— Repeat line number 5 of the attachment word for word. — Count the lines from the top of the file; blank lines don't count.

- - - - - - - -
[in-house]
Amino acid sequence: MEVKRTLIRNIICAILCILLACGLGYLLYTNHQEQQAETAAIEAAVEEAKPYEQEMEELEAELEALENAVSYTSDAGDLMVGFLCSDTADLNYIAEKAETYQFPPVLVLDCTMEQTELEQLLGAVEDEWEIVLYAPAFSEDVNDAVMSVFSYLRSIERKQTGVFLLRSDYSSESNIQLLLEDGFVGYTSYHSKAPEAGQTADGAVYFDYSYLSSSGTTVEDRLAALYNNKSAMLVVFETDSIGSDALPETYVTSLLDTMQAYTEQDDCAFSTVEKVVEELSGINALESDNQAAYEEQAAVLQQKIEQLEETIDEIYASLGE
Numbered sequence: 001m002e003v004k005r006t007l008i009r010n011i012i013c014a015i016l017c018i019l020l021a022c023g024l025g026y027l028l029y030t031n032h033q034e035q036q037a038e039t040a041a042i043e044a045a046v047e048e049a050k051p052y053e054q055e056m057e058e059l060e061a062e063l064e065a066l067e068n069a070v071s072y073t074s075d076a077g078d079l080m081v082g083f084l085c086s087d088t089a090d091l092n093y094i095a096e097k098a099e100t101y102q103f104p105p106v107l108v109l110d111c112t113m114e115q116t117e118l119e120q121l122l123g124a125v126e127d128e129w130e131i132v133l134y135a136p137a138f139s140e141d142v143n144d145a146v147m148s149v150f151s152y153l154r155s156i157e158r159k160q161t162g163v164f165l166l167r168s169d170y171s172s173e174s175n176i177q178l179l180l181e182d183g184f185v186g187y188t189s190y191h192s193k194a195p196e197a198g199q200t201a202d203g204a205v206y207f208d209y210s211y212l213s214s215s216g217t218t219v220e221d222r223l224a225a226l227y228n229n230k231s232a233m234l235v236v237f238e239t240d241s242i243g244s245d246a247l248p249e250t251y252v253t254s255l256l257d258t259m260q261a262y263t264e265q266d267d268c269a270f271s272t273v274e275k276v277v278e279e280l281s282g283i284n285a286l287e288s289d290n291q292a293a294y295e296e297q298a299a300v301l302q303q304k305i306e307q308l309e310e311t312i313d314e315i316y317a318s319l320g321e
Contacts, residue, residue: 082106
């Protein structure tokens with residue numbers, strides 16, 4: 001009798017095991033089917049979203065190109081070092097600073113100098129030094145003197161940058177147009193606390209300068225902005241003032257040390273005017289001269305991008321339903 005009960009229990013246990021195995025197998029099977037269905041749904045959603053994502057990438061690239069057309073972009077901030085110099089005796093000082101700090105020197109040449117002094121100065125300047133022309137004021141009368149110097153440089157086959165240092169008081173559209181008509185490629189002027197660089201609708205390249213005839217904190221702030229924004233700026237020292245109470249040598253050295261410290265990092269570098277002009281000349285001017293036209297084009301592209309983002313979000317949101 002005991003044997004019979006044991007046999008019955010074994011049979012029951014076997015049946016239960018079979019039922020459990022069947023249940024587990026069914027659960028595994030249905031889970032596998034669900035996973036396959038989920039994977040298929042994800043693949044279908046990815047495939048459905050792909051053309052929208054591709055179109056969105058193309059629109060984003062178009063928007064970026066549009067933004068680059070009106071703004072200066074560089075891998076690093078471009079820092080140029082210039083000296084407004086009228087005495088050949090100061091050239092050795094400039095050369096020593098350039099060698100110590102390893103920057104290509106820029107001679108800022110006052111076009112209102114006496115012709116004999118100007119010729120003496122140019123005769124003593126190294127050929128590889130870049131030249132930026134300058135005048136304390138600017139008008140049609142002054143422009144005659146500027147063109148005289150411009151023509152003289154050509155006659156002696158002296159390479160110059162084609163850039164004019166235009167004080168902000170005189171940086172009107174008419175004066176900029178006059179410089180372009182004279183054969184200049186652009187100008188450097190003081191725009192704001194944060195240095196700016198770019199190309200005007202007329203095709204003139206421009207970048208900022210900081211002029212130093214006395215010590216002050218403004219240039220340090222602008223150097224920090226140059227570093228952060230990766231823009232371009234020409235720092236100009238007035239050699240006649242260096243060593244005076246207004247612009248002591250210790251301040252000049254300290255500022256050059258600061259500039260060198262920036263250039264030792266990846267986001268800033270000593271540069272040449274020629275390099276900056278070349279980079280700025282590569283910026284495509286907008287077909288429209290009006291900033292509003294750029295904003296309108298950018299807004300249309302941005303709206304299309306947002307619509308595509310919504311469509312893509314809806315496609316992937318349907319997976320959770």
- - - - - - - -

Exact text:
């Protein structure tokens with residue numbers, strides 16, 4: 001009798017095991033089917049979203065190109081070092097600073113100098129030094145003197161940058177147009193606390209300068225902005241003032257040390273005017289001269305991008321339903 005009960009229990013246990021195995025197998029099977037269905041749904045959603053994502057990438061690239069057309073972009077901030085110099089005796093000082101700090105020197109040449117002094121100065125300047133022309137004021141009368149110097153440089157086959165240092169008081173559209181008509185490629189002027197660089201609708205390249213005839217904190221702030229924004233700026237020292245109470249040598253050295261410290265990092269570098277002009281000349285001017293036209297084009301592209309983002313979000317949101 002005991003044997004019979006044991007046999008019955010074994011049979012029951014076997015049946016239960018079979019039922020459990022069947023249940024587990026069914027659960028595994030249905031889970032596998034669900035996973036396959038989920039994977040298929042994800043693949044279908046990815047495939048459905050792909051053309052929208054591709055179109056969105058193309059629109060984003062178009063928007064970026066549009067933004068680059070009106071703004072200066074560089075891998076690093078471009079820092080140029082210039083000296084407004086009228087005495088050949090100061091050239092050795094400039095050369096020593098350039099060698100110590102390893103920057104290509106820029107001679108800022110006052111076009112209102114006496115012709116004999118100007119010729120003496122140019123005769124003593126190294127050929128590889130870049131030249132930026134300058135005048136304390138600017139008008140049609142002054143422009144005659146500027147063109148005289150411009151023509152003289154050509155006659156002696158002296159390479160110059162084609163850039164004019166235009167004080168902000170005189171940086172009107174008419175004066176900029178006059179410089180372009182004279183054969184200049186652009187100008188450097190003081191725009192704001194944060195240095196700016198770019199190309200005007202007329203095709204003139206421009207970048208900022210900081211002029212130093214006395215010590216002050218403004219240039220340090222602008223150097224920090226140059227570093228952060230990766231823009232371009234020409235720092236100009238007035239050699240006649242260096243060593244005076246207004247612009248002591250210790251301040252000049254300290255500022256050059258600061259500039260060198262920036263250039264030792266990846267986001268800033270000593271540069272040449274020629275390099276900056278070349279980079280700025282590569283910026284495509286907008287077909288429209290009006291900033292509003294750029295904003296309108298950018299807004300249309302941005303709206304299309306947002307619509308595509310919504311469509312893509314809806315496609316992937318349907319997976320959770």